Examining the Culture of the Company Holiday Party

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Raleigh, NC, November 18, 2013 – Company holiday parties can be a mixed bag: while some find them fun and rewarding, others may feel less than enthusiastic. Though combining work, social life, and high spirits can be a tricky endeavor, survey results say most companies are getting it right.

A survey administered by Public Policy Polling examined the culture of company holiday parties, reviewing event planning trends and gauging employee attitudes and behavior. Results say the majority of employers (71 percent) usually offer holiday parties, but a substantial 29 percent of employers don’t offer a holiday party at all.

Some companies use holiday parties to recognize employees and offer rewards for hard work. Survey results say 41 percent typically offer gifts or bonuses at the party. Fewer employers (31 percent) recognize employees with awards or certificates at the party.

Party guest lists are varied, with 40 percent extending invitations to employees only, while 28 percent of employers choose to make it a family affair. In spite of employer efforts to create an enjoyable event where employees can connect, the survey reveals that nearly a quarter of employees actually dread attending. Yet poll results indicate that most people who attend the party are there because they choose to be—the majority of employees surveyed report feeling no pressure or expectations regarding attendance.

Perhaps not surprisingly, it seems employers are getting the idea that alcohol and work don’t mix. In fact, a cautious 54 percent don’t serve alcohol at company parties at all. Alcohol or not, a large portion of holiday party invitations come with some strings attached—39 percent of employers utilize policies or rules to keep behavior and/or alcohol consumption in check. Without these policies, three in ten employees attending a holiday event where beverages are served say they don’t monitor their alcohol consumption. But this unbridled celebrating may come with a price—one in ten employees reported regretting something they said or did at their work holiday function.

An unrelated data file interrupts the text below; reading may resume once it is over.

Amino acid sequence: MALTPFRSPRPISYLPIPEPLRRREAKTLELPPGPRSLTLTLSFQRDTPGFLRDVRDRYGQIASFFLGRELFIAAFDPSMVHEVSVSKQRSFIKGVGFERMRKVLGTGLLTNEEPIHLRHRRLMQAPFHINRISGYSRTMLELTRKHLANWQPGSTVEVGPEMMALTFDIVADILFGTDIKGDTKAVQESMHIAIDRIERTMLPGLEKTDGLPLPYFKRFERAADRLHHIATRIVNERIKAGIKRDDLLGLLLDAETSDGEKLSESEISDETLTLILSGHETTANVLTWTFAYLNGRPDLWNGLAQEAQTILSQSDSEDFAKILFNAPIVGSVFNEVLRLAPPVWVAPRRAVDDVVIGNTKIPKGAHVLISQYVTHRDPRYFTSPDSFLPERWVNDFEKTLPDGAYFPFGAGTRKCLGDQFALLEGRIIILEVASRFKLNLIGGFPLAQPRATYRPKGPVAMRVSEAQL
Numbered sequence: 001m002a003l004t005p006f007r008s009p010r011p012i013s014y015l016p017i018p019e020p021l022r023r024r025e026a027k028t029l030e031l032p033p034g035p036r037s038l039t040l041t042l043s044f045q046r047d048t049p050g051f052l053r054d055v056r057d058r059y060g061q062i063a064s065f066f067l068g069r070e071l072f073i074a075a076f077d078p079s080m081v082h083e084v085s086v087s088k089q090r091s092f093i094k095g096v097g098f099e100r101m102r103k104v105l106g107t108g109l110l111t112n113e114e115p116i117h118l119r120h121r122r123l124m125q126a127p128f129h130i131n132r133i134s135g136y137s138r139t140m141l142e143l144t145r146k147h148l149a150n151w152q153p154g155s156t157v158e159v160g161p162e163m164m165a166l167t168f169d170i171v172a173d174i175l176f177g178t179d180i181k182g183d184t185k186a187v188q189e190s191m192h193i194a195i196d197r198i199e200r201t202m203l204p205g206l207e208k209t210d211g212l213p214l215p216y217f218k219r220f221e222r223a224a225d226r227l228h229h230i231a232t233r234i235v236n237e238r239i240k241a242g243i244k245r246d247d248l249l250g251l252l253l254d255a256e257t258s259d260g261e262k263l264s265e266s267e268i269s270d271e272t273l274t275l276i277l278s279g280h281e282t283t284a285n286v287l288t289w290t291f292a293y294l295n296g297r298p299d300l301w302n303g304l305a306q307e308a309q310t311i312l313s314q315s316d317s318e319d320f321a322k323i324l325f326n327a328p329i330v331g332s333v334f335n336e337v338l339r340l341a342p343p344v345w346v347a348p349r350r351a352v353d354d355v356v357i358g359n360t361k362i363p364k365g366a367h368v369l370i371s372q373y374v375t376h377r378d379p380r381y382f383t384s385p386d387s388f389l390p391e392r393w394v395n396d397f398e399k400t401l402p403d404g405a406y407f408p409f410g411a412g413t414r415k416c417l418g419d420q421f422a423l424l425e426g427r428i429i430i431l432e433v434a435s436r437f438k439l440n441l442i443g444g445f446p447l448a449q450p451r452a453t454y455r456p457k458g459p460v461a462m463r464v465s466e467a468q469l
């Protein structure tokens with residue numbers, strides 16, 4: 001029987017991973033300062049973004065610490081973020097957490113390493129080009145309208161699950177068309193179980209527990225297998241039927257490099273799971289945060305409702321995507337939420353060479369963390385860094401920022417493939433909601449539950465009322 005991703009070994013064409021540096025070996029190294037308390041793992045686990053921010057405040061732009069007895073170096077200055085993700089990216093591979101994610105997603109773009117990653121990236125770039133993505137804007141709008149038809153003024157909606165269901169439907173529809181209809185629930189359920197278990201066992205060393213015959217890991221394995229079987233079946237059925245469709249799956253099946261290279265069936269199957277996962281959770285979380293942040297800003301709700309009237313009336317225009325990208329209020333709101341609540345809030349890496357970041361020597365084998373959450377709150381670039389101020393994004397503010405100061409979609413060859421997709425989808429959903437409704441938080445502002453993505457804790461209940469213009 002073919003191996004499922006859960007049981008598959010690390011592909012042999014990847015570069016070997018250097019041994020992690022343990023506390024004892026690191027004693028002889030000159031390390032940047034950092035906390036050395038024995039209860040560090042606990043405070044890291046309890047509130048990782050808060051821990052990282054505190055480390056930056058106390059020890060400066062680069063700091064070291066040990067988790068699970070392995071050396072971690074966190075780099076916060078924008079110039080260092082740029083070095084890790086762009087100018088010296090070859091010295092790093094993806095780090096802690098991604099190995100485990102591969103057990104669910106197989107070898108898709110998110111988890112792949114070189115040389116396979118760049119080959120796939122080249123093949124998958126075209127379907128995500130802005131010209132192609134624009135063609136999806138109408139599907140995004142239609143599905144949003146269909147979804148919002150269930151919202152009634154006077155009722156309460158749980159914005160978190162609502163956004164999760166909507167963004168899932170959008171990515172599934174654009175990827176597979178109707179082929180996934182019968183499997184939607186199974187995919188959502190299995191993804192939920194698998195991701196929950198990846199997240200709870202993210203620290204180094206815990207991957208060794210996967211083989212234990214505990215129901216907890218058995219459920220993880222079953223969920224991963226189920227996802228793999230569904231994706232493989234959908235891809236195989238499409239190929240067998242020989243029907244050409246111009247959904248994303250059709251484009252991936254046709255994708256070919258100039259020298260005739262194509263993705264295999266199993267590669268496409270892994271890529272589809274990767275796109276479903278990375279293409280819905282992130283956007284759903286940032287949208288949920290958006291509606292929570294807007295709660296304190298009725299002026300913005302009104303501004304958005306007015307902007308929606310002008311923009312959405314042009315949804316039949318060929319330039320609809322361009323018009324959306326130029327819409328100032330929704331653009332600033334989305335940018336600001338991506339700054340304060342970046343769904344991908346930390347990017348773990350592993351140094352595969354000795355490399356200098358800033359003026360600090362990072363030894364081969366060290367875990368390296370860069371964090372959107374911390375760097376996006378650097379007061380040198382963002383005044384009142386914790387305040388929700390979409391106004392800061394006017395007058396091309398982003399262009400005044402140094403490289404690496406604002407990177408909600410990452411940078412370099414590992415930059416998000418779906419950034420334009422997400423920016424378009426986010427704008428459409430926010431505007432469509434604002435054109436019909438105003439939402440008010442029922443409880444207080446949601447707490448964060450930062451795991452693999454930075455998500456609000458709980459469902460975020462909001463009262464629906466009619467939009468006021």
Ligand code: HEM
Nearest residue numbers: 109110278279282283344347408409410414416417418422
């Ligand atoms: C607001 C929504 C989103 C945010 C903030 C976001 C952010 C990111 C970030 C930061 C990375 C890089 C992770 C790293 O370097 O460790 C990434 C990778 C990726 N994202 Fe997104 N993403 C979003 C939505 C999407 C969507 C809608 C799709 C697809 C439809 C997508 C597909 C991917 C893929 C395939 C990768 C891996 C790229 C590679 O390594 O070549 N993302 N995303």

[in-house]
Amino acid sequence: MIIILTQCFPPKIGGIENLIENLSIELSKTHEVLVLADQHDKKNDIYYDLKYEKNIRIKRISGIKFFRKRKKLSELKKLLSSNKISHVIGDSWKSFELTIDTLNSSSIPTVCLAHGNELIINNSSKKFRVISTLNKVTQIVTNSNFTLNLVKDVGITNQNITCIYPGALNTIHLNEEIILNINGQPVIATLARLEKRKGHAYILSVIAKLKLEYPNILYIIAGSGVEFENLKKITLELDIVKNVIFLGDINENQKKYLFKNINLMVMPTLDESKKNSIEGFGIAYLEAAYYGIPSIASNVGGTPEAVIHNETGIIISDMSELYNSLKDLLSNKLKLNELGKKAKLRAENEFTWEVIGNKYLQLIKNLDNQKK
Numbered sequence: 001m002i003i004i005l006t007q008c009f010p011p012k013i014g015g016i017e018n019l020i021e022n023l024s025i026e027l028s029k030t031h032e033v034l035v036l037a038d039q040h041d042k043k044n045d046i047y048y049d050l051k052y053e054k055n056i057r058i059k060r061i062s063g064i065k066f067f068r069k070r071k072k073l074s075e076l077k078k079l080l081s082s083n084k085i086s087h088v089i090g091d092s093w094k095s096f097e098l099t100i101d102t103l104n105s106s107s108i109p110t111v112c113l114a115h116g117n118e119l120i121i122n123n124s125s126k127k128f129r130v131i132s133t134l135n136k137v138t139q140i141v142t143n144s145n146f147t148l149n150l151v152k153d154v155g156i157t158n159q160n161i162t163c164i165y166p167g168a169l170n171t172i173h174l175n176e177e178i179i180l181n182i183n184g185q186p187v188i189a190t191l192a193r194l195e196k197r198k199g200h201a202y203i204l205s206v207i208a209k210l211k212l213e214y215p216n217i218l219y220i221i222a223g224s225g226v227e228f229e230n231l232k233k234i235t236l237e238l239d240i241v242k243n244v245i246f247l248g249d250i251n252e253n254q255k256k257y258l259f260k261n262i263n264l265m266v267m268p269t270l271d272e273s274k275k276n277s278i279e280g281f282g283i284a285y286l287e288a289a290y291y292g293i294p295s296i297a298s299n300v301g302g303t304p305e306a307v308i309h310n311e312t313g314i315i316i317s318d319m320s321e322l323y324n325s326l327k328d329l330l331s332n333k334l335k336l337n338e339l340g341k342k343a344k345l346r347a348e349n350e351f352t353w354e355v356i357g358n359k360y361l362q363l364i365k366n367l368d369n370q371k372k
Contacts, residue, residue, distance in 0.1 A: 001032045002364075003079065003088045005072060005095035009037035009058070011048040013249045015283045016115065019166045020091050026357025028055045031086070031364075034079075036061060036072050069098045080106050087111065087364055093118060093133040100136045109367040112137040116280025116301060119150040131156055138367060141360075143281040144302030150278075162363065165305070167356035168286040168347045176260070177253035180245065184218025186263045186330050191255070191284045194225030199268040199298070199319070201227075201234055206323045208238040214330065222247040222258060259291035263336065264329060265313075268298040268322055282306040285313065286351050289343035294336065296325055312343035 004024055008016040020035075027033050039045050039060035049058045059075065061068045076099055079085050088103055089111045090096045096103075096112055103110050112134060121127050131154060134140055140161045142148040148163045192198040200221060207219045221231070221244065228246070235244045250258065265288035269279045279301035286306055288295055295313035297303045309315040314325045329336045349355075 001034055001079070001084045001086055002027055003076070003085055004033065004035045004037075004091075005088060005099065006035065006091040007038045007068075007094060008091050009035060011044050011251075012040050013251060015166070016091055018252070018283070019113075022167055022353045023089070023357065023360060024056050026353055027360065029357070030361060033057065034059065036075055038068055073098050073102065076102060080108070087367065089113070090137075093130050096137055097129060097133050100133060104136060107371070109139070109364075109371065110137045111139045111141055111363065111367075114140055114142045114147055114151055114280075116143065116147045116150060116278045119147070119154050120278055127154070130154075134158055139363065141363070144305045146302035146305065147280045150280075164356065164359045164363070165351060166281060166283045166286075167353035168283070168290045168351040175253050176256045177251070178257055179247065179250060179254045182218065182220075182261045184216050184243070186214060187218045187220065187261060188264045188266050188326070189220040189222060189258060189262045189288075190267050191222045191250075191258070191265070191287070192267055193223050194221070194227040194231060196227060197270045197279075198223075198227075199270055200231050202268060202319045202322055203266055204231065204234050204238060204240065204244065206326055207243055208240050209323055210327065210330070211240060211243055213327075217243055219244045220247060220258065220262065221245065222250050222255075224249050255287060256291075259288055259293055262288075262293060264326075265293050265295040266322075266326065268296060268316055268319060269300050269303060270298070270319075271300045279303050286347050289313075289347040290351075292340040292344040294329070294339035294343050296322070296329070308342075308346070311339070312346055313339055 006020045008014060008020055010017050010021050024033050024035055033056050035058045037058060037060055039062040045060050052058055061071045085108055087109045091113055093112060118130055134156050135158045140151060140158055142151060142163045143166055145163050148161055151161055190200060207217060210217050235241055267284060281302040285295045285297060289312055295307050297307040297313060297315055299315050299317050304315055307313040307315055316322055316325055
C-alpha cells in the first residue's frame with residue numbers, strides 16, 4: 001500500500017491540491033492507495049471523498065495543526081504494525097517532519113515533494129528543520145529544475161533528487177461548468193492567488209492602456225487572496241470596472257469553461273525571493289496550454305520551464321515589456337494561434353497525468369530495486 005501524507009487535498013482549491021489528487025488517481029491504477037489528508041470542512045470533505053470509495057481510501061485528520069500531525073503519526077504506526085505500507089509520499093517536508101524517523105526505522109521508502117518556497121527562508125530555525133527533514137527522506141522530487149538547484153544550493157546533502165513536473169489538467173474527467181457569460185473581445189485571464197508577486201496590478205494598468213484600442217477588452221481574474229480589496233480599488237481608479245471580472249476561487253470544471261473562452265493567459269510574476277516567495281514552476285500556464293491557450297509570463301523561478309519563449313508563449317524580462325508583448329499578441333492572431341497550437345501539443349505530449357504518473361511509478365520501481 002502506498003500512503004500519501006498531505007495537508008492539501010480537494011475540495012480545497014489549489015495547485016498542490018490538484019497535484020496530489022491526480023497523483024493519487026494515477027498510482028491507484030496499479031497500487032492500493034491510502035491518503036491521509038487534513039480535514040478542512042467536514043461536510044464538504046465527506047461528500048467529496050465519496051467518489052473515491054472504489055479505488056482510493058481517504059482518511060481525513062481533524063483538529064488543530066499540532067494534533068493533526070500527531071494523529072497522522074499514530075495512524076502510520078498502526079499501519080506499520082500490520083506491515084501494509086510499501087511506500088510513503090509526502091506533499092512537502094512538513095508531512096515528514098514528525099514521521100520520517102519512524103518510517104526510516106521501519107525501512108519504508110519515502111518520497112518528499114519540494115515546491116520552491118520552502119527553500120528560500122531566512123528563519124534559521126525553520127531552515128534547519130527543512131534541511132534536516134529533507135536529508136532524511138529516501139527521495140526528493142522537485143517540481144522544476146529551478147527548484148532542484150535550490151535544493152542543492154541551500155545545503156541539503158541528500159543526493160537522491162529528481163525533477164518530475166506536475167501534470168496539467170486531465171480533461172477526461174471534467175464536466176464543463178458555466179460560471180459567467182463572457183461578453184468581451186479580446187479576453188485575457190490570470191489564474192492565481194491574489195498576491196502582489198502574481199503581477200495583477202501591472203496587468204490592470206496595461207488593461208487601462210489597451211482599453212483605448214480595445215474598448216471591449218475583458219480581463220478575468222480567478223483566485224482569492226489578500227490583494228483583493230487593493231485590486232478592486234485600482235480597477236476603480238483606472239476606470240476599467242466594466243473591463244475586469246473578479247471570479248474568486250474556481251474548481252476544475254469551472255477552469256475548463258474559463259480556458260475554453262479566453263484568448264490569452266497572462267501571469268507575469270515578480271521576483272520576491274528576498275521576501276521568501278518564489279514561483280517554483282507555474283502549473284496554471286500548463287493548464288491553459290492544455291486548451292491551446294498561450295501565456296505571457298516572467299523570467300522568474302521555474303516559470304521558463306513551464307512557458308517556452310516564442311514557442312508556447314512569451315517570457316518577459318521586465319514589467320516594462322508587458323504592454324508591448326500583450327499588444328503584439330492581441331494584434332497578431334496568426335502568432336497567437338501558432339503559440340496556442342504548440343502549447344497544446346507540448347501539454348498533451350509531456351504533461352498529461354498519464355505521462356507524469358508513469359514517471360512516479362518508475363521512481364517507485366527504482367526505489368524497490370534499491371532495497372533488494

“Holiday parties are intended to celebrate and support employees for their hard work, but employers need to keep in mind that safety and liability are legitimate concerns here,” says Dean Debnam, chief executive officer at Workplace Options. Debnam says “employers can encourage a good, yet safe time by making conservative choices about alcohol. It’s also important to set expectations for behavior by reminding employees that it is still a work function, where behavior is being observed.”

The national survey was conducted by the North Carolina firm of Public Policy Polling, November 1-4, 2013. The survey polled 573 working Americans and has a margin of error of +/- 4.1 percent. View complete poll results HERE.

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